All four partisans, two dead and two wounded, were taken to Castrocaro, where Corbari and Casadei were hanged among the jubilation of the fascist soldiers. Brushes were finished on the truck during the journey because he complained of his injuries, while Iris Versari’s body was tied on the roof of a Fiat 500.
That afternoon in Forlì the four partisans were all hanged from street lamps in Piazza Saffi, in front of the local headquarters of the Fascist Party, where they were left for a couple of days. Iris was one of the most humiliated among them. She was even buried without the indication of the name, but with the only word “woman” on the coffin.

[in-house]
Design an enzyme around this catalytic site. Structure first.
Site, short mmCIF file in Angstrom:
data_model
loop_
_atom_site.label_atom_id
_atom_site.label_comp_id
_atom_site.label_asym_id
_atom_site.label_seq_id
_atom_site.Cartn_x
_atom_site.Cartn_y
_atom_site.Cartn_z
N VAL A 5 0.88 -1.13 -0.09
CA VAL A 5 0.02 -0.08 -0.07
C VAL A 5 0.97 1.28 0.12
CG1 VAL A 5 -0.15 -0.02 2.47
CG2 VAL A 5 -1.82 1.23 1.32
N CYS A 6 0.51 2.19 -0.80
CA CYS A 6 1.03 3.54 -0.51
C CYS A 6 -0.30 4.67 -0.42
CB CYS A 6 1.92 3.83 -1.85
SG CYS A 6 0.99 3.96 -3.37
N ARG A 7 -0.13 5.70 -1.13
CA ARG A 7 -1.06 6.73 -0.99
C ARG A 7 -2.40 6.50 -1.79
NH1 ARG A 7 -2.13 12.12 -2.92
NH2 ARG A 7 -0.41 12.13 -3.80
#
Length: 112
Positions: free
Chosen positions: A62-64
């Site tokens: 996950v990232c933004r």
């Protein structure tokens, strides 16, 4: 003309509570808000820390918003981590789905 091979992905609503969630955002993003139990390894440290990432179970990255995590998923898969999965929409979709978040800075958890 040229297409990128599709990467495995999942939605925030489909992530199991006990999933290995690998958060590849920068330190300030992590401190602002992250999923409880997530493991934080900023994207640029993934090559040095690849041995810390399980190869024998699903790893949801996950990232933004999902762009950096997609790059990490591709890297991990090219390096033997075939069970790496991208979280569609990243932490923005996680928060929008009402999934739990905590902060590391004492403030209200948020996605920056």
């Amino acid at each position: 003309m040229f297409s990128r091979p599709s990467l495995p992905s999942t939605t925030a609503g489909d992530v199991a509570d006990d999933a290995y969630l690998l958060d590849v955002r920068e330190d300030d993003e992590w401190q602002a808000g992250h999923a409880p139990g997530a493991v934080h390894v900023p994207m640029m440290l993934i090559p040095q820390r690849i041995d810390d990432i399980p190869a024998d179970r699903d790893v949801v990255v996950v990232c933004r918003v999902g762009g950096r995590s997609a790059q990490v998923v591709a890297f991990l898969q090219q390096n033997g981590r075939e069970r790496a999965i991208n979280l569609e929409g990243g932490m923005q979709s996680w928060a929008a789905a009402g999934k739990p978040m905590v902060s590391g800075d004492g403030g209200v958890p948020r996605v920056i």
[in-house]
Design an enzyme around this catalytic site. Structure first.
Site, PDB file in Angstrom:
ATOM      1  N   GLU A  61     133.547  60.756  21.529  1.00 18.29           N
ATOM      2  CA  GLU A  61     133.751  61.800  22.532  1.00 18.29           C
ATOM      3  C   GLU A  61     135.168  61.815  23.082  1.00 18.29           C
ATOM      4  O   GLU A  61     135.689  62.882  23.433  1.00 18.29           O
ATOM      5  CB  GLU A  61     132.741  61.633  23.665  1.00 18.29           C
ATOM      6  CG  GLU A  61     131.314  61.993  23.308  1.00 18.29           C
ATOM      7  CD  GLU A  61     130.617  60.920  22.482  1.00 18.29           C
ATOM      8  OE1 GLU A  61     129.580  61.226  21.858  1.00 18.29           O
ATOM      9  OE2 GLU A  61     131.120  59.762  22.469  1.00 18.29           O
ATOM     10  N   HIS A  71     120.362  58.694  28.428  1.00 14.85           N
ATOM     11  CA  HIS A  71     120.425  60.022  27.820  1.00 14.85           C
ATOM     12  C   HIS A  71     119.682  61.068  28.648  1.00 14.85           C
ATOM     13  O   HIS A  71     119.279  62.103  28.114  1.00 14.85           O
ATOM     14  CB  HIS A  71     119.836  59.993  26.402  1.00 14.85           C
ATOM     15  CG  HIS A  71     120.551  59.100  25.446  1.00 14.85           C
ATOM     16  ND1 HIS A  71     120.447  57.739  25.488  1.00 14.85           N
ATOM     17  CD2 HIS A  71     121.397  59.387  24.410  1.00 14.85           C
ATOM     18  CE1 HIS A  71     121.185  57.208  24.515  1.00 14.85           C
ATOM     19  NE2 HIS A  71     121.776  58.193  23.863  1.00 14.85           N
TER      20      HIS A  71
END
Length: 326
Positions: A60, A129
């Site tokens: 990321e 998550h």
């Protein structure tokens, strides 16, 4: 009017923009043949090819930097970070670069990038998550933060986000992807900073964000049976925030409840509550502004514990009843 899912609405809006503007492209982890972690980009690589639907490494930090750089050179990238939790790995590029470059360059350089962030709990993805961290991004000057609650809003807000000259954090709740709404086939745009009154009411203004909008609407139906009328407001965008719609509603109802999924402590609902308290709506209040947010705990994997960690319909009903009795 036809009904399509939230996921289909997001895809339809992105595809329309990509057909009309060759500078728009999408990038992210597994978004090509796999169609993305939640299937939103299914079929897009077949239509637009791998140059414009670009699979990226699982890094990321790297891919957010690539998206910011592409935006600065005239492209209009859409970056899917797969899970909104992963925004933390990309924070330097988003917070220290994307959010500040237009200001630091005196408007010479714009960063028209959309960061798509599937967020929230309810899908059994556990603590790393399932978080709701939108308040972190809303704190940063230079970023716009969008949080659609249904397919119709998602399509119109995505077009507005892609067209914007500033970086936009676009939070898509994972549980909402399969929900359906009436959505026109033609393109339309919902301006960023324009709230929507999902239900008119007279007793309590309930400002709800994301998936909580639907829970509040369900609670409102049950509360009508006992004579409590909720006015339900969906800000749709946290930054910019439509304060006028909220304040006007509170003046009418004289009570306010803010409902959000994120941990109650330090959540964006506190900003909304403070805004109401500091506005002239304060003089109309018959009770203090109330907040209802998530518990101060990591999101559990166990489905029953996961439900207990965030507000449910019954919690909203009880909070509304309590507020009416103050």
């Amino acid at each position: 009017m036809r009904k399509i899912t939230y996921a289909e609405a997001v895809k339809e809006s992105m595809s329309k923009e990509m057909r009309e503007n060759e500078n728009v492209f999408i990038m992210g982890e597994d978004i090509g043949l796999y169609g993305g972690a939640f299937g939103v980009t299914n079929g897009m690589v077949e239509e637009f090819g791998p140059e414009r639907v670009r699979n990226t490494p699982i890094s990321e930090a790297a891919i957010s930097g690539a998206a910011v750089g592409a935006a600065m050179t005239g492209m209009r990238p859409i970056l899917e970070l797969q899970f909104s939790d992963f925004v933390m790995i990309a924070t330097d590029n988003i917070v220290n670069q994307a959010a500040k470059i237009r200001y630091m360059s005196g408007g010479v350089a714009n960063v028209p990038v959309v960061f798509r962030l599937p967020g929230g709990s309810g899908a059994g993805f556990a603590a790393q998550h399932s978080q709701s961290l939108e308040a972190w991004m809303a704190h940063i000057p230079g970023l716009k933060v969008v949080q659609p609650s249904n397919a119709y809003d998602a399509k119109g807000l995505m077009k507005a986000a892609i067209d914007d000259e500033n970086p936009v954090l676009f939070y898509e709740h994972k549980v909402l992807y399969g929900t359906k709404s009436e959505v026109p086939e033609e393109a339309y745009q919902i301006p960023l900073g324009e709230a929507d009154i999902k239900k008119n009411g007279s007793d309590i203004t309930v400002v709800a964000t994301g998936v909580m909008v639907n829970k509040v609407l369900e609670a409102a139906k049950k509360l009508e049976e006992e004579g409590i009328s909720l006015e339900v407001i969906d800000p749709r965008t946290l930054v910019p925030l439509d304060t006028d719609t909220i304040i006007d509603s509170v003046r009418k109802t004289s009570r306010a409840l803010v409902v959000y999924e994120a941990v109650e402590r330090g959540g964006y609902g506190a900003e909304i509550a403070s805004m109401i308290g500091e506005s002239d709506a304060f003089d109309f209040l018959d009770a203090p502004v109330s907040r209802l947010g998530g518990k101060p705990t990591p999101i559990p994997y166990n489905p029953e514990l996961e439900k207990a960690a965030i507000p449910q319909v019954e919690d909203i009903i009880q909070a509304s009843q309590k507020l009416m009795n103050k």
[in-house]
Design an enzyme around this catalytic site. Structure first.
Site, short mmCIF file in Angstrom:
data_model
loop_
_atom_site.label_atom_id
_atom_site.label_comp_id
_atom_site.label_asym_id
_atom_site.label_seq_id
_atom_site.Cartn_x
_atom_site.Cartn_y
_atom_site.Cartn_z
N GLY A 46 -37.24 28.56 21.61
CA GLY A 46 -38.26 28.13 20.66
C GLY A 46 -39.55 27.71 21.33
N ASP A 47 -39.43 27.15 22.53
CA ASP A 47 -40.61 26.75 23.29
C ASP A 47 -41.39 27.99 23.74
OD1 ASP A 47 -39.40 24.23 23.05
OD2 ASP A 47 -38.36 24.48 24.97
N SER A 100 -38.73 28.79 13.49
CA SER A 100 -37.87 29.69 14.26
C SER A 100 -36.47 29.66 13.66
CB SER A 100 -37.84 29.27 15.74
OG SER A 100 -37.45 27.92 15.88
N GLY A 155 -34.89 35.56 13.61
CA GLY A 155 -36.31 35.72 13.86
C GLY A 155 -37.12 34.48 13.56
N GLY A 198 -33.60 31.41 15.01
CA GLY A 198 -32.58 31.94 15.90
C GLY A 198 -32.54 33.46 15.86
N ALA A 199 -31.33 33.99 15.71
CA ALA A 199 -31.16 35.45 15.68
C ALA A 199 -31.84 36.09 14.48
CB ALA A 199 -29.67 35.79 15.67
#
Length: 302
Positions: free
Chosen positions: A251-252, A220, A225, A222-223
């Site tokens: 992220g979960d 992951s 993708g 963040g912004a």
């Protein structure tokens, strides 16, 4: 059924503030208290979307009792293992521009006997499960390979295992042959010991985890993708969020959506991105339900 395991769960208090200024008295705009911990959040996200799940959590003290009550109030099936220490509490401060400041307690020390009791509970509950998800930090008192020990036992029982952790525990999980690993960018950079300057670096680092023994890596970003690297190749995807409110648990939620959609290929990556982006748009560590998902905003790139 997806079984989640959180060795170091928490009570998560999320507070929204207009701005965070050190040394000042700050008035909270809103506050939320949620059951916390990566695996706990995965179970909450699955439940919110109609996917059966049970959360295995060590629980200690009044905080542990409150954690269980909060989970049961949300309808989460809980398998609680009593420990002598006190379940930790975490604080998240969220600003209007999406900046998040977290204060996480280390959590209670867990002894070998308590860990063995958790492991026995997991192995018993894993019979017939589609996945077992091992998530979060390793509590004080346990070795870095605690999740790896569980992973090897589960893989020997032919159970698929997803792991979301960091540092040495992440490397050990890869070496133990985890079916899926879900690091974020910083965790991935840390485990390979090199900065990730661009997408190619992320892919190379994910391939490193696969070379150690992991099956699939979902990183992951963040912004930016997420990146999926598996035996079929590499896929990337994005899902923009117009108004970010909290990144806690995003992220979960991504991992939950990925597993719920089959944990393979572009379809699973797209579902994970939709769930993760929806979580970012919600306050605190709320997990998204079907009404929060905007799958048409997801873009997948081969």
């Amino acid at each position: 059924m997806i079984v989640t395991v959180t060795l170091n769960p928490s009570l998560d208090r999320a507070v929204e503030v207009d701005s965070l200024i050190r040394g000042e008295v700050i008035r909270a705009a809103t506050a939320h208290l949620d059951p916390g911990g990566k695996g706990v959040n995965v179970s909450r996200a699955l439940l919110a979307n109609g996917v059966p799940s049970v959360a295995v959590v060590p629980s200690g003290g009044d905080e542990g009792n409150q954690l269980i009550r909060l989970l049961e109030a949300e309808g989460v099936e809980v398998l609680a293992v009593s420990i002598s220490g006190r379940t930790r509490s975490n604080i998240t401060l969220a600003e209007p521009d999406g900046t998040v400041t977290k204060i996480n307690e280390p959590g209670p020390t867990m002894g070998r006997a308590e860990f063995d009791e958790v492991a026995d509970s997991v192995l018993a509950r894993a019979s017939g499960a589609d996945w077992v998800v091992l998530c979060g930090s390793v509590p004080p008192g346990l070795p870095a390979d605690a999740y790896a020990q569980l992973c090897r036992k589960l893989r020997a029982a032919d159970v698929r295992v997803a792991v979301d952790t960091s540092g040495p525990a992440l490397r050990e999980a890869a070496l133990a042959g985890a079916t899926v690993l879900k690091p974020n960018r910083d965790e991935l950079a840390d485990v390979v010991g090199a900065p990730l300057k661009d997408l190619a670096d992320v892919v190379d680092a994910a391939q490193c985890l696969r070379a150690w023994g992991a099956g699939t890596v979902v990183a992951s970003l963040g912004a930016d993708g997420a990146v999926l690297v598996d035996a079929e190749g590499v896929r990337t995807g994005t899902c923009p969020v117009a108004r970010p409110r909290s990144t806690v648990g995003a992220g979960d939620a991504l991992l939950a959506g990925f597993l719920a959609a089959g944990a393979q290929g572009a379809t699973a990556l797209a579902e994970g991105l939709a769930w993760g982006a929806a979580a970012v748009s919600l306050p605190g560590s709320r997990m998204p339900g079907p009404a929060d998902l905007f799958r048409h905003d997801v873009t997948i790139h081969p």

Iris Versari, a young fighter who had accompanied herself to a dangerous fugitive by becoming her lover, practically repudiated that role of brood mare and offspring of children in which fascism had pigeonholed the condition of women. There was hardly anything more eccentric about the moral in orbit of the time, which in fact could only deliver it to the ranks of the so-called “little good with easy customs”. Fortunately, time has done justice to the valiant partisan, who now rests at the monumental cemetery of Forlì; Iris Versari was awarded the Gold Medal for military valor (as was also granted to her beloved Silvio Corbari), several streets and a couple of schools were dedicated to her. The lampposts of Piazza Saffi to which it was hung were left in place: they are still those of that time….